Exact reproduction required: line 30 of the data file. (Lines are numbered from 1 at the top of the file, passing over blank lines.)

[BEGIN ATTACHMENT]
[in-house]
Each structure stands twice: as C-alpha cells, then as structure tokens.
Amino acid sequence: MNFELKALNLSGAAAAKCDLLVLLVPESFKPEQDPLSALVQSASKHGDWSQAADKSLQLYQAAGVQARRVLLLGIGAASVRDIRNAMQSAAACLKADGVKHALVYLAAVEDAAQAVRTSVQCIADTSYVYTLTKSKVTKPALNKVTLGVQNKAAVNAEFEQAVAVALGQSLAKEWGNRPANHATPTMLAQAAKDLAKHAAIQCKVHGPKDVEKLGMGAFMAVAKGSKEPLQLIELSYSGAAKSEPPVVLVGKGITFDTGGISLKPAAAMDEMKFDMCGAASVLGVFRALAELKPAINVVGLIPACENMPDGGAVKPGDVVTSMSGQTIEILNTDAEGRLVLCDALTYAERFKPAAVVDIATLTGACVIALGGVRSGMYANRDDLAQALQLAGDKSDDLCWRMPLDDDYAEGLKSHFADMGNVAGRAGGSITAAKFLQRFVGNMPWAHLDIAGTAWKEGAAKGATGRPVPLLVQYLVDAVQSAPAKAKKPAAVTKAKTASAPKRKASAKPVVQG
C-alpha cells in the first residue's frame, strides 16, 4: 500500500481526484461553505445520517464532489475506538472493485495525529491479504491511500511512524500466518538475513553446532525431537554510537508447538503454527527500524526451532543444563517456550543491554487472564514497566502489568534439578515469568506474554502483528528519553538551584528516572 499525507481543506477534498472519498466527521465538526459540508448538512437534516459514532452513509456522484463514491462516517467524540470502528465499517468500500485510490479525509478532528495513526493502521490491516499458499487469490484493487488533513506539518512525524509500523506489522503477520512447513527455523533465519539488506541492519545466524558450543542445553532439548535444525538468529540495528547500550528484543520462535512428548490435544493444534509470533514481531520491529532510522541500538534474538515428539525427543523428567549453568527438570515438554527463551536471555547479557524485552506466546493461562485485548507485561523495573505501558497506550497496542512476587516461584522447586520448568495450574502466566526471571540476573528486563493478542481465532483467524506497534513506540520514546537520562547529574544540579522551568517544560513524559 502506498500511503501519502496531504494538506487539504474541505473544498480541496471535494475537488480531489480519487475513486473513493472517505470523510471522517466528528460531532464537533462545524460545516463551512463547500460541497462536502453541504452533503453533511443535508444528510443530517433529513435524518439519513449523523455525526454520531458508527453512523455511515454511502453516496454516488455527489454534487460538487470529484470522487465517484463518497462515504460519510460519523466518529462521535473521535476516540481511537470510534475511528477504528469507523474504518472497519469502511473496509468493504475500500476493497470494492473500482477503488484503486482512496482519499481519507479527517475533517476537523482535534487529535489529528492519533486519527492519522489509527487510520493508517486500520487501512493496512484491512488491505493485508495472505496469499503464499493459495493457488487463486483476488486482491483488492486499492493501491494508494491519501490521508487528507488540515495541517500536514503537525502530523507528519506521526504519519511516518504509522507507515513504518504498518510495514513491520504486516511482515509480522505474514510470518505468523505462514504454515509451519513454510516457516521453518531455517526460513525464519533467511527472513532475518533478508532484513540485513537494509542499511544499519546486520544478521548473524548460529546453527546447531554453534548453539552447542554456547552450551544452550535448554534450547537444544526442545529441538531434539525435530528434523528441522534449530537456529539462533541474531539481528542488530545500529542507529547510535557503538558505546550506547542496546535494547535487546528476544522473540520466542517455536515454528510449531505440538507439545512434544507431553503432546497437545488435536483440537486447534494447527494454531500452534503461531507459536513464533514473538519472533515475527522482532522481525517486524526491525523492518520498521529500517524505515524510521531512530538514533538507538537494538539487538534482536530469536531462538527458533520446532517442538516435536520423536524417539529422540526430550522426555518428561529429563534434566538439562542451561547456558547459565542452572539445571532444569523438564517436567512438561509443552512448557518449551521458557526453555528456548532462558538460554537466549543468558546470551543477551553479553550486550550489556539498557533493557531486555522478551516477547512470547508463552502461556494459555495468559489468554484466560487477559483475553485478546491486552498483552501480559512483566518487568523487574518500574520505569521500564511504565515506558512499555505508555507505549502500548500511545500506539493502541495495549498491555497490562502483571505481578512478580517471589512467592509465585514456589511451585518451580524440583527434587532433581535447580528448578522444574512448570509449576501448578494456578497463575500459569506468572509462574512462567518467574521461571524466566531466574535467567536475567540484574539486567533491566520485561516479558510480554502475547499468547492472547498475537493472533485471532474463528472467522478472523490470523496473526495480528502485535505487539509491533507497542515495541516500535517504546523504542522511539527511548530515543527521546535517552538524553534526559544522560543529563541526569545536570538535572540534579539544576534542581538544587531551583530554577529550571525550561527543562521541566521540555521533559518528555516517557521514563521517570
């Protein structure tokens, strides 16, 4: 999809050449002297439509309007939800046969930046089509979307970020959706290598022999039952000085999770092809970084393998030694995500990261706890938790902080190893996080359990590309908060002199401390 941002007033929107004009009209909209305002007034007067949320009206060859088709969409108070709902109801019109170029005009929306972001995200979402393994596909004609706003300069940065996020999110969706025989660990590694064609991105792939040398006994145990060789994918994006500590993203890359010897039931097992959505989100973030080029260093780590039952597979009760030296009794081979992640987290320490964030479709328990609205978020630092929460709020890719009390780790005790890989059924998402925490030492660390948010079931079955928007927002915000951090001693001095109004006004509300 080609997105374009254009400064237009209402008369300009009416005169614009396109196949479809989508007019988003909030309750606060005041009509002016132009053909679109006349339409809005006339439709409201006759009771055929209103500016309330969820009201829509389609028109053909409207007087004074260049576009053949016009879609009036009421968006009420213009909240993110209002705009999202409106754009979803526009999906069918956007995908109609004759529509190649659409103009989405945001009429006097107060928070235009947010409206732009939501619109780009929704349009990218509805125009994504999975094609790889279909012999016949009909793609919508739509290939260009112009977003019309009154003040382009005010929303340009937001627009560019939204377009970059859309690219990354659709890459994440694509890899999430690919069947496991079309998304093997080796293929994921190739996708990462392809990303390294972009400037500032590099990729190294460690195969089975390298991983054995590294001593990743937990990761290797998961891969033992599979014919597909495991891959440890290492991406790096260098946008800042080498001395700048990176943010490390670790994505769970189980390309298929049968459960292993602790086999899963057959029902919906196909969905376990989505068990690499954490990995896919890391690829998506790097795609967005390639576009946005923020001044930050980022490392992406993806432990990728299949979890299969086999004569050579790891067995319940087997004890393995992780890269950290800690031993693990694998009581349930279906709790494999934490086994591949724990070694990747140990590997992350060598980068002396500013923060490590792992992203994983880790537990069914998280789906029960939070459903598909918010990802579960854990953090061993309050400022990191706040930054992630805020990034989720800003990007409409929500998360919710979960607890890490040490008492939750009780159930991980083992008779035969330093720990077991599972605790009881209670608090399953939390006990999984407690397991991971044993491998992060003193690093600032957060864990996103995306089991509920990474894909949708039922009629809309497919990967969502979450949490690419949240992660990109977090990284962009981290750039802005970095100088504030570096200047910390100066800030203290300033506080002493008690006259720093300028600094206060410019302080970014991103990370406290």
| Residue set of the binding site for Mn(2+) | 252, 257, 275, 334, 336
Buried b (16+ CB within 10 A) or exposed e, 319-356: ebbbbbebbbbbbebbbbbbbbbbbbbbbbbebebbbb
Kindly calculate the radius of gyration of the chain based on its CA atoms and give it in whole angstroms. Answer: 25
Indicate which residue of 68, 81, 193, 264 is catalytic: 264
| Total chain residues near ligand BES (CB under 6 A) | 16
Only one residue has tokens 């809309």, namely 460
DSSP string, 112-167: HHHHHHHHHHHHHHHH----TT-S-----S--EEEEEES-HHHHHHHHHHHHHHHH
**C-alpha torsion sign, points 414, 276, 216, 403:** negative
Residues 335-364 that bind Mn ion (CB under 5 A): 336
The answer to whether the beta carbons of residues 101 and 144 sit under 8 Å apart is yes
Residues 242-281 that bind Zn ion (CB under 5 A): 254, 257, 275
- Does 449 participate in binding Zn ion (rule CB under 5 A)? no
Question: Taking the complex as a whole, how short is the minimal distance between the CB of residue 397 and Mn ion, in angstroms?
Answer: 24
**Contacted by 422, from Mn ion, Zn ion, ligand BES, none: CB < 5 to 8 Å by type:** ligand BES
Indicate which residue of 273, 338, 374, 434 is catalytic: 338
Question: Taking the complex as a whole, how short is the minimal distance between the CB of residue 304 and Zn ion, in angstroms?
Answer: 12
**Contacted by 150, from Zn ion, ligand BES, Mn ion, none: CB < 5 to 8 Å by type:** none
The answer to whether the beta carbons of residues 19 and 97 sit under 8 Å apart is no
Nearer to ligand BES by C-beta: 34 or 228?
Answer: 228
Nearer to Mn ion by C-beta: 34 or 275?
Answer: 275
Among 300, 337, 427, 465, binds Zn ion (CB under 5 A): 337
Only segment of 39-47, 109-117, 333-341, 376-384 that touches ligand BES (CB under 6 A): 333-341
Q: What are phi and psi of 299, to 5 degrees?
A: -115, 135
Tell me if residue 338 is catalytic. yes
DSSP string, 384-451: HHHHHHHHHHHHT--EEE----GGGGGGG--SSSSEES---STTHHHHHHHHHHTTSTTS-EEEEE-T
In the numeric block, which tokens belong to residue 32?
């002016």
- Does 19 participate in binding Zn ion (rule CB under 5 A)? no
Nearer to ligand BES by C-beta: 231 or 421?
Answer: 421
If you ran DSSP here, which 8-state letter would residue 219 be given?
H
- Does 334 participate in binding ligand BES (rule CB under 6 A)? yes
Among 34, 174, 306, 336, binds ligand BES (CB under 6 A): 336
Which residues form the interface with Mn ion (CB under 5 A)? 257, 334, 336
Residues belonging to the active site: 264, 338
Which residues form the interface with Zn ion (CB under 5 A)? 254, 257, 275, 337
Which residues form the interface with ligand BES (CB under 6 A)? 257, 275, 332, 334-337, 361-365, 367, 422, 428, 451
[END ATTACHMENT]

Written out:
Among 300, 337, 427, 465, binds Zn ion (CB under 5 A): 337